It’s a matter of relevance – What happened in the last Open Schooling Inspiration session?

The 8th Inspiration Session of the OStogether network was organized by the PHERECLOS project and dedicated to the question: “How to create a closer connection between the research and the education community?”

We selected the session topic because PHERECLOS has its roots in the idea and learnings of Children’s Universities, which are essentially science engagement programs, to bring young people in contact with science, research and the concept of Higher Education. Usually organized by universities, via widening participation or outreach programmes, the third mission unit, or the education department, Children’s Universities started in many cases as science communication and knowledge providers. As an evolutionary step in most programs, the aspect of respectful engagement and socially-inclusive targeting is a fundamental part of the mission. Working together with social centers, municipalities, sponsoring partners, and many other interested parties, Children’s Universities often act as intermediaries between different stakeholders in society. After 20 years of experience and many good practice examples how to organize science engagement on a child-focused individual level the PHERECLOS project is exploring Open Schooling as a concept to facilitate links between science and schools. For that reason, we invited for the Inspiration Session speakers who were able to explore different perspectives and talk about the challenges to establish an equally beneficial communication between teachers, scientists and young people.

Marika Cieslinski of the Austrian Agency for Education and Internationalization presented, as our guest speaker, the strategic considerations and practical experiences of the Young Science initiative ( ), a rather unique collection of initiatives to support schools and pupils to take part in science and research. This includes a platform of young science ambassadors for in-house school visits, to fully fledged citizen science projects, funded with a special grant program. This feeds into the mandatory pre-university project work that is part of the ‘maturity diploma’ as a university entrance precondition. That way school students in Austria receive additional input for topic selection and additional support from university researchers.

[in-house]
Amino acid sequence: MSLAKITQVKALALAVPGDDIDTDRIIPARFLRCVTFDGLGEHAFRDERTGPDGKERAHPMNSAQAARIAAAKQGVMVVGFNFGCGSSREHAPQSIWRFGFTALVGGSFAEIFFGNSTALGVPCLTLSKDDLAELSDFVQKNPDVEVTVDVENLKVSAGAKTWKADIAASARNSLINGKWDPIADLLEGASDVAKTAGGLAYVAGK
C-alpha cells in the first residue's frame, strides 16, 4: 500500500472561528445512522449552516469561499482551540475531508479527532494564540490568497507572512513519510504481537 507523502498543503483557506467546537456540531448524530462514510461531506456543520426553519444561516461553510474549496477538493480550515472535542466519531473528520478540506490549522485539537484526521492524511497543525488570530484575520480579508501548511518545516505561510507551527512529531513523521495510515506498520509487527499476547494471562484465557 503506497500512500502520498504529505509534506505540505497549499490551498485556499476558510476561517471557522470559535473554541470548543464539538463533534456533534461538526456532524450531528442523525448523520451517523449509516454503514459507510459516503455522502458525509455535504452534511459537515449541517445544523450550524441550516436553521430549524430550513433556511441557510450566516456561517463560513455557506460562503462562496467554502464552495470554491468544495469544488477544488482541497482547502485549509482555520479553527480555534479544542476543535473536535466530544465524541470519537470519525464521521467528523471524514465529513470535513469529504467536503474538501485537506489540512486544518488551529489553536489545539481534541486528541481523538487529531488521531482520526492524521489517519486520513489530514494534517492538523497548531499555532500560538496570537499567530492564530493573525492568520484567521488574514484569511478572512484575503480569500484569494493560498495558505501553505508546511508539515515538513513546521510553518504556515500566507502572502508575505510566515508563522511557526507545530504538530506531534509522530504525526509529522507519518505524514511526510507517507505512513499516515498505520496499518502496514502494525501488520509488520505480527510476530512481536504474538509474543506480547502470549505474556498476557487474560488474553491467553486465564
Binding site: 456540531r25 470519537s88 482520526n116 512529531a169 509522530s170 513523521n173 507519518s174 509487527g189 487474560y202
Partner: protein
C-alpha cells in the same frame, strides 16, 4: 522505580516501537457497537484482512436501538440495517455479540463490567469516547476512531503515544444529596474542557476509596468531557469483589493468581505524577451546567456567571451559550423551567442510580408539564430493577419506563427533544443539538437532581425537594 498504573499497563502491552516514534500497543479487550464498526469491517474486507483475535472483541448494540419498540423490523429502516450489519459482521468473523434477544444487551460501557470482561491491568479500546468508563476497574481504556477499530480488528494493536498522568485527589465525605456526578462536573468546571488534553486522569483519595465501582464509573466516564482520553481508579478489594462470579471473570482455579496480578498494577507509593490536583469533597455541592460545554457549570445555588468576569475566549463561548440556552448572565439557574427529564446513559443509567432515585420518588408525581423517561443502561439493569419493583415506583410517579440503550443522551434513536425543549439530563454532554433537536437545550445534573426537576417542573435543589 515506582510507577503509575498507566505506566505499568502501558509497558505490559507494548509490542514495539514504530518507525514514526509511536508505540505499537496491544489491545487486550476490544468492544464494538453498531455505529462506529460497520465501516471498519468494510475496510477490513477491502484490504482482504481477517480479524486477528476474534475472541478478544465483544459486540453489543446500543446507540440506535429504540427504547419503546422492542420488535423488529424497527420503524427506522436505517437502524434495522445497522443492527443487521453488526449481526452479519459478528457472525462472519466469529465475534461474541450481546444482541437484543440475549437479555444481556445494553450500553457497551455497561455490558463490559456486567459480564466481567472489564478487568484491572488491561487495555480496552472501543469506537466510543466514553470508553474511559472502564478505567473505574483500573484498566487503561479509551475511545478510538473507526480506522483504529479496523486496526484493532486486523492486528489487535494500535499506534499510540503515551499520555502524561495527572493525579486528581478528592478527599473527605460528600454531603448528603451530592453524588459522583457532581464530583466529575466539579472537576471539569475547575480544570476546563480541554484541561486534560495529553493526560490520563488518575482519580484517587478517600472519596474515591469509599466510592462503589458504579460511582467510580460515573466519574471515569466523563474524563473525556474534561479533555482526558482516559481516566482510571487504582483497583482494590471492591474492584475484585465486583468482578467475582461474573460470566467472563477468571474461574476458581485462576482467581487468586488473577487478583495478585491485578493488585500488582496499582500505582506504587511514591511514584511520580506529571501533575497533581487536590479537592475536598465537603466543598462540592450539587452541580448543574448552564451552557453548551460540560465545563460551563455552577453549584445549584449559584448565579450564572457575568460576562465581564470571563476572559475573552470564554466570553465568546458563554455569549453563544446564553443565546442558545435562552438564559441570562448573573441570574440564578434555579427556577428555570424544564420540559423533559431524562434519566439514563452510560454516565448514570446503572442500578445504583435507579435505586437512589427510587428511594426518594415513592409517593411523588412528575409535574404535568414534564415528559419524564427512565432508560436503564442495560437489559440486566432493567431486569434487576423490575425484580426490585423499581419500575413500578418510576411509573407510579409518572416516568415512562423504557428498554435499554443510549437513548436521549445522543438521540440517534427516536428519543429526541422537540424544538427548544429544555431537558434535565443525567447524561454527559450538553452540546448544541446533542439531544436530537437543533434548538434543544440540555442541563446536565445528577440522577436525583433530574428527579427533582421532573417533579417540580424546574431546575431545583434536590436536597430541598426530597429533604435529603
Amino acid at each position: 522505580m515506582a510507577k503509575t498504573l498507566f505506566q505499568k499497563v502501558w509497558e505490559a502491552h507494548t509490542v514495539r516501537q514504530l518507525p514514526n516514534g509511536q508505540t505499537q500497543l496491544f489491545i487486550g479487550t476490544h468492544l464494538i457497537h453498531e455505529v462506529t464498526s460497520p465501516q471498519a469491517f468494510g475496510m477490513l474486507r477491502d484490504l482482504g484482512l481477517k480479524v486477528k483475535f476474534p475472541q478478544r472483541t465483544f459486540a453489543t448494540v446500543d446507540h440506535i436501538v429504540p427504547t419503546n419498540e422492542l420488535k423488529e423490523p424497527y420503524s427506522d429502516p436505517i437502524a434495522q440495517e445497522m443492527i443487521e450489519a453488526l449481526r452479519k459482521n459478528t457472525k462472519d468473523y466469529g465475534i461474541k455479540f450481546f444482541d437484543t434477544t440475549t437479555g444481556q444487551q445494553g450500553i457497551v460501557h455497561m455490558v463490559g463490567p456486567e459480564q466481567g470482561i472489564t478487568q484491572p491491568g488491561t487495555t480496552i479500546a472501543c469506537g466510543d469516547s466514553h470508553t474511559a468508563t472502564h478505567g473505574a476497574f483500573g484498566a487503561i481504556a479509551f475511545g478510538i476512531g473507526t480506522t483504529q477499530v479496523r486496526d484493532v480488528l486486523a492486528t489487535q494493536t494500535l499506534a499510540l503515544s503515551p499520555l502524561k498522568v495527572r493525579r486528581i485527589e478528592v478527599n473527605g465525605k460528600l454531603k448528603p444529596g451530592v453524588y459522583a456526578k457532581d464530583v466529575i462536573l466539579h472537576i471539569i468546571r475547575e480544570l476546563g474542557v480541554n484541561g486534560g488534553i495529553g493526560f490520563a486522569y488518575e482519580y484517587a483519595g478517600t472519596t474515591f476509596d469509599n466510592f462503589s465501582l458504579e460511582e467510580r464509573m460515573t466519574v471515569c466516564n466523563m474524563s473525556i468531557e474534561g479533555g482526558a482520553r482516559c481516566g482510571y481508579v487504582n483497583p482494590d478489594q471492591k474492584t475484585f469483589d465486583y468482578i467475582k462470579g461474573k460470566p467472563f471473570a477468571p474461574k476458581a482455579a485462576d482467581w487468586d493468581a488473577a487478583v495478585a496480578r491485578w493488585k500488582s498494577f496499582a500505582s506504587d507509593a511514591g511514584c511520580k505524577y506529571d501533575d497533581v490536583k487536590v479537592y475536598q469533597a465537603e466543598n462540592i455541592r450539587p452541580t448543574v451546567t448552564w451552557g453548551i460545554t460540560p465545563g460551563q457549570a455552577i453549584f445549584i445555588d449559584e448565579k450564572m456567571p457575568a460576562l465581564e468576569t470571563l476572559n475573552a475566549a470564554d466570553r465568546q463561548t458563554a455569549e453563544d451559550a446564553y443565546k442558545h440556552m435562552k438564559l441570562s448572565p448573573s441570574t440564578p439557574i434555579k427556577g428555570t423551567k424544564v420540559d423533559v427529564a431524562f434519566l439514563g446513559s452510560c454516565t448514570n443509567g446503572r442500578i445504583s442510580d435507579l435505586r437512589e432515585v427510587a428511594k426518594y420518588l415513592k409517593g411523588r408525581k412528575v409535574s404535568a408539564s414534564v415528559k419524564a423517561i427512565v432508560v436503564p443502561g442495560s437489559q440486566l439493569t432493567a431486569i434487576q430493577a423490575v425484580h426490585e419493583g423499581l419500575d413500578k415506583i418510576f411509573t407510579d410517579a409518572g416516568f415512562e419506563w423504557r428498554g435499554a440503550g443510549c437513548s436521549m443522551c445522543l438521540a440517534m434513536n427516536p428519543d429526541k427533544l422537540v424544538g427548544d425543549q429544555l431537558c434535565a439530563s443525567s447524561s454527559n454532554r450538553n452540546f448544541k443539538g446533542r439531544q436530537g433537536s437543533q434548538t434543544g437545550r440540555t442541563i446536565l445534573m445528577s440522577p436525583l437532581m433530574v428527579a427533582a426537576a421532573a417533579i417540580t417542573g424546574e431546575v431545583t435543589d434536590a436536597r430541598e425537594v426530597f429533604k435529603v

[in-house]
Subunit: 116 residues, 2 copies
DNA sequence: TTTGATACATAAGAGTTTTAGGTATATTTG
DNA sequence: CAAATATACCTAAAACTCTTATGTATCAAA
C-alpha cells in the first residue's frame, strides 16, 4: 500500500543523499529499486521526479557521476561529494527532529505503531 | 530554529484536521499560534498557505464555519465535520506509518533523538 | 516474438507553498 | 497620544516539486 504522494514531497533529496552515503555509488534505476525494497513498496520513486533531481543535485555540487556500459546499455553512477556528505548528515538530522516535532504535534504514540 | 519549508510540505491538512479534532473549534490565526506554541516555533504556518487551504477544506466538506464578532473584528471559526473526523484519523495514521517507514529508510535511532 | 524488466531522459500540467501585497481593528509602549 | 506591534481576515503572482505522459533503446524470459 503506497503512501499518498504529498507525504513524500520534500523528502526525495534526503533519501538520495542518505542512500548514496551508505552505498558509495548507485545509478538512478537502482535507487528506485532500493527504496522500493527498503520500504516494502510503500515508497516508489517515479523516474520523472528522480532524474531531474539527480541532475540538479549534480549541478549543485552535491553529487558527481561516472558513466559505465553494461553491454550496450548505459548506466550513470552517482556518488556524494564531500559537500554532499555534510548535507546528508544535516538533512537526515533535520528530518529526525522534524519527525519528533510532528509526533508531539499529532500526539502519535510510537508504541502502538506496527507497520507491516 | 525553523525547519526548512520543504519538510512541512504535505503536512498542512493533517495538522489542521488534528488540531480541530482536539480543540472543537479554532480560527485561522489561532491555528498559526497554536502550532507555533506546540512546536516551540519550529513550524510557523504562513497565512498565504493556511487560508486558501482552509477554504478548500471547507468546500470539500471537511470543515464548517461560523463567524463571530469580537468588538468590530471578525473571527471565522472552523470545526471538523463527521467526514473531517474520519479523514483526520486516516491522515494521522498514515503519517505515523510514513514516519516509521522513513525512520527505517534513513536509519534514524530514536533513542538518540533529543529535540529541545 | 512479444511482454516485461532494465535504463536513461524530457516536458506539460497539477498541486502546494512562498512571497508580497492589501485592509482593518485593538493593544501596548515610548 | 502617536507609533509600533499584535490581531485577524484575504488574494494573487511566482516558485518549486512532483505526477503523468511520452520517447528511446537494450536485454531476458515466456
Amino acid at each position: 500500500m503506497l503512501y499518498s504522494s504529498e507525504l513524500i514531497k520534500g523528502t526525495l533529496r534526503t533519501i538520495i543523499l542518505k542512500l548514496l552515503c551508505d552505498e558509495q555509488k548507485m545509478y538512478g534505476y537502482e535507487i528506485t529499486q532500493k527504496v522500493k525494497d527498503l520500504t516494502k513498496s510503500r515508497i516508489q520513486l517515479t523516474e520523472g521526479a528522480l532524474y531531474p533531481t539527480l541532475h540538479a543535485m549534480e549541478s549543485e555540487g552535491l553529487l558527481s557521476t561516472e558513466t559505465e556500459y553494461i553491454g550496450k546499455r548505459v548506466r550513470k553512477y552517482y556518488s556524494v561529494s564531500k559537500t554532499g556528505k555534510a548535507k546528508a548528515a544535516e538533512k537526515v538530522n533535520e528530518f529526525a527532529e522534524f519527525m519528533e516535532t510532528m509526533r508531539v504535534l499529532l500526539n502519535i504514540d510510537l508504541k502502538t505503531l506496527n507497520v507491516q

Very useful for researchers and school staff alike in this context is a guide for “Citizen Science in School” with tips and a checklist for successful planning and implementation in schools (download here – unfortunately in German only).

In a more panel like setting, the session continued with even more practical examples of collaboration where we invited people in the sphere of the PHERECLOS project to contribute with statements about individual learnings. Kevin Wolz, a PhD student from the Sissa University in Trieste, highlighted the importance of discovering the spark of interest that motivates – on a personal level, as a researcher, but also to transmit one’s own enthusiasm to others. For him it is also very important to have a high level of creative freedom in terms of what and how to present in science engagement programs, because it provides new purpose and motivation. Engagement in school – university programs also offer opportunities to get external viewpoints on your own research.

Petra Feldhofer Mahmoudian reported about the potential of cooperation between schools and scientists from her perspective as a primary school head teacher in Vienna. Due to the ongoing Open Schooling project within a Local Education Cluster of the PHERECLOS project, school pupils and teachers had the opportunity to receive first-hand information about open issues and questions that affect them in daily life. The most urgent topics to address were of course Coronavirus and the war in Ukraine, and how to deal with and understand the current situation. Because of the establishment of a direct university link, it’s now easier for the school to find the necessary information to address these questions in their lessons. Even more, the close collaboration between the teachers and scientists and communication experts empowered the teachers to tackle such complex subjects in class in a better-informed way and gave them self-confidence to talk more broadly about science and research.